• Like
Reactions: Mark286

Mark286

Registered User
Oct 15, 2021
8
1
3
33
Country
As a very last resort you may be able to quiet yours down. Just grind (not drill!!!) a little slit in the corner of the rotor's case with a Dremel tool (as indicated) and inject about .5 cc of lightweight oil using a hypodermic needle.
What kind of Dremel bit should I use? I have a metal cutting disk like the ones attached. Would that work?

59FFCAE4-2B7A-4572-A7CC-8CE72D1354D9.jpeg
 

davefr

NAWCC Member
Nov 29, 2008
510
35
28
Oregon
www.telechronclock.com
Country
Region
What kind of Dremel bit should I use? I have a metal cutting disk like the ones attached. Would that work?

View attachment 676668
That would certainly work. Only do enough to generate a tiny hole. And nothing should be injected into the rotor except lightweight oil and don't go more then .5cc. If you want, you can heat up the rotor slightly (150 F) and turn it over a few times to distribute the oil but it should do that on it's own as long as it still runs. YMMV but these low torque rotors are worth a try when the only issue is noise.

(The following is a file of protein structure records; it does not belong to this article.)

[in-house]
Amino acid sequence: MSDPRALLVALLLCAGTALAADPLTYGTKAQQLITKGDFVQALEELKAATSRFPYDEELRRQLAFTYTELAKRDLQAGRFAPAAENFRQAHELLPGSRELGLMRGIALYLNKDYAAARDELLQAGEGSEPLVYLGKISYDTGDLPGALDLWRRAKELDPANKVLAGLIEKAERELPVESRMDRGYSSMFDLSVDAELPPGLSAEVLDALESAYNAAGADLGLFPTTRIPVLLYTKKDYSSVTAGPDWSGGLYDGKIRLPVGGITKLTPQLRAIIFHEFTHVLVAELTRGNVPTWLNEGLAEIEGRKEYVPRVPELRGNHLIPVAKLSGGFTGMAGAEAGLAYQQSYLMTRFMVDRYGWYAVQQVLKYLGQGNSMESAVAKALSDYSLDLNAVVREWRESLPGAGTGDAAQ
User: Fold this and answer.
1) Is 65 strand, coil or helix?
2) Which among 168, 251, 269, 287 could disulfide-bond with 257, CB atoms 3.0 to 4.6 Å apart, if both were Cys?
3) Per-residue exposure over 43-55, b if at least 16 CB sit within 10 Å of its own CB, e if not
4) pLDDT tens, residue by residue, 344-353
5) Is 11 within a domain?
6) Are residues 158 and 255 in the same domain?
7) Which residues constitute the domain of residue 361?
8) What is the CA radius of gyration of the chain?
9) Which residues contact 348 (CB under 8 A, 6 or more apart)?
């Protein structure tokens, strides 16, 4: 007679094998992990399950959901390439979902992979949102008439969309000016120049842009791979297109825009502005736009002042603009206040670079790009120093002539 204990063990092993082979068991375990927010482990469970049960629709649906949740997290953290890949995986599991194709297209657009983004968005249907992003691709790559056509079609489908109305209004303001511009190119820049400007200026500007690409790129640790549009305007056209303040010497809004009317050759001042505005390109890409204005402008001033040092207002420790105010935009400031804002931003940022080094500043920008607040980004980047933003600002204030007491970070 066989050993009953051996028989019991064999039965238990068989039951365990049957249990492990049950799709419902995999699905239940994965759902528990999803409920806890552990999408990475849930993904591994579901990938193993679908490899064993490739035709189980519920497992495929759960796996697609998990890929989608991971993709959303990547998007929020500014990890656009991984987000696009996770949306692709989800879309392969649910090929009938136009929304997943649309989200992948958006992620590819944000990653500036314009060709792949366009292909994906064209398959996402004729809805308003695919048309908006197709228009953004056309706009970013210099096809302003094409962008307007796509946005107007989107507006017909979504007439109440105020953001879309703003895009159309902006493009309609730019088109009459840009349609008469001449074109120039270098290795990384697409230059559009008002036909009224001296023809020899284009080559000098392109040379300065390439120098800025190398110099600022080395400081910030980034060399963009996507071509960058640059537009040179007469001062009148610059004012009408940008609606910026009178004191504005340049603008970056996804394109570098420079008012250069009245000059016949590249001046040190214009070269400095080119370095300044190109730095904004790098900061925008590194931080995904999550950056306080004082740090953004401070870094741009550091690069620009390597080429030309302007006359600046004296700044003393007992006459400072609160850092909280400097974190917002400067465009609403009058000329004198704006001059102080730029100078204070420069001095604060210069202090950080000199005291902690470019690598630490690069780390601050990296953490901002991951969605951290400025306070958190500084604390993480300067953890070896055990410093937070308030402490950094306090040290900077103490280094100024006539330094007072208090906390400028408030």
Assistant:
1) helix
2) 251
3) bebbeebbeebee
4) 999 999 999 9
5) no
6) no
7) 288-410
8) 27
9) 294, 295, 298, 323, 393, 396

Last edited:
  • Like
Reactions: Mark286

Mark286

Registered User
Oct 15, 2021
8
1
3
33
Country
YMMV but these low torque rotors are worth a try when the only issue is noise.
Just curious, how quiet should these motors be when running optimally? This one is about 41db right now, or as loud as a loud refrigerator hum. I’ve had old Wesclox that ran almost completely silent, so that’s my comparison.
 

davefr

NAWCC Member
Nov 29, 2008
510
35
28
Oregon
www.telechronclock.com
Country
Region
Just curious, how quiet should these motors be when running optimally? This one is about 41db right now, or as loud as a loud refrigerator hum. I’ve had old Wesclox that ran almost completely silent, so that’s my comparison.
When you remove the motor from the clock, you should not hear it run at any more then a couple inches from your ear.
 
  • Like